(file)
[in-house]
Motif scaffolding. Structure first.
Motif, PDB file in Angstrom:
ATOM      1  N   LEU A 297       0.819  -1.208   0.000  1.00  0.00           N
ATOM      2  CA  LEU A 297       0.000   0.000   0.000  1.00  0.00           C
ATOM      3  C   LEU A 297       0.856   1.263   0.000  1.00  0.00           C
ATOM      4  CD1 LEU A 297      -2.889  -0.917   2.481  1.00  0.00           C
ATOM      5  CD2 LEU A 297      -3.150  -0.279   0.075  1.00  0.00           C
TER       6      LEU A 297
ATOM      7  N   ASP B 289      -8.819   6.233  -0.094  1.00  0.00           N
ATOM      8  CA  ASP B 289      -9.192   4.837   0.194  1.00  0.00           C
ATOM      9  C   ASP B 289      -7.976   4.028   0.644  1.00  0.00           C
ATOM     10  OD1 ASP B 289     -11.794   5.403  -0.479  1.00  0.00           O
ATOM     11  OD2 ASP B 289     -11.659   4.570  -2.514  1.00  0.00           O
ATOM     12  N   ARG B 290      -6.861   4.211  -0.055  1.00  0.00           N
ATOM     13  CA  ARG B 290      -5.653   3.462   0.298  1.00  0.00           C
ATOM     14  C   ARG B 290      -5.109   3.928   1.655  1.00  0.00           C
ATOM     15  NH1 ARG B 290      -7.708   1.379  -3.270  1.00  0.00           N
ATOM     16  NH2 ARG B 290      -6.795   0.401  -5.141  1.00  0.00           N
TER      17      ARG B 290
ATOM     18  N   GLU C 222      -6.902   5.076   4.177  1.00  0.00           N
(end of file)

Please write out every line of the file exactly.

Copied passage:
[in-house]
Motif scaffolding. Structure first.
Motif, PDB file in Angstrom:
ATOM      1  N   LEU A 297       0.819  -1.208   0.000  1.00  0.00           N
ATOM      2  CA  LEU A 297       0.000   0.000   0.000  1.00  0.00           C
ATOM      3  C   LEU A 297       0.856   1.263   0.000  1.00  0.00           C
ATOM      4  CD1 LEU A 297      -2.889  -0.917   2.481  1.00  0.00           C
ATOM      5  CD2 LEU A 297      -3.150  -0.279   0.075  1.00  0.00           C
TER       6      LEU A 297
ATOM      7  N   ASP B 289      -8.819   6.233  -0.094  1.00  0.00           N
ATOM      8  CA  ASP B 289      -9.192   4.837   0.194  1.00  0.00           C
ATOM      9  C   ASP B 289      -7.976   4.028   0.644  1.00  0.00           C
ATOM     10  OD1 ASP B 289     -11.794   5.403  -0.479  1.00  0.00           O
ATOM     11  OD2 ASP B 289     -11.659   4.570  -2.514  1.00  0.00           O
ATOM     12  N   ARG B 290      -6.861   4.211  -0.055  1.00  0.00           N
ATOM     13  CA  ARG B 290      -5.653   3.462   0.298  1.00  0.00           C
ATOM     14  C   ARG B 290      -5.109   3.928   1.655  1.00  0.00           C
ATOM     15  NH1 ARG B 290      -7.708   1.379  -3.270  1.00  0.00           N
ATOM     16  NH2 ARG B 290      -6.795   0.401  -5.141  1.00  0.00           N
TER      17      ARG B 290
ATOM     18  N   GLU C 222      -6.902   5.076   4.177  1.00  0.00           N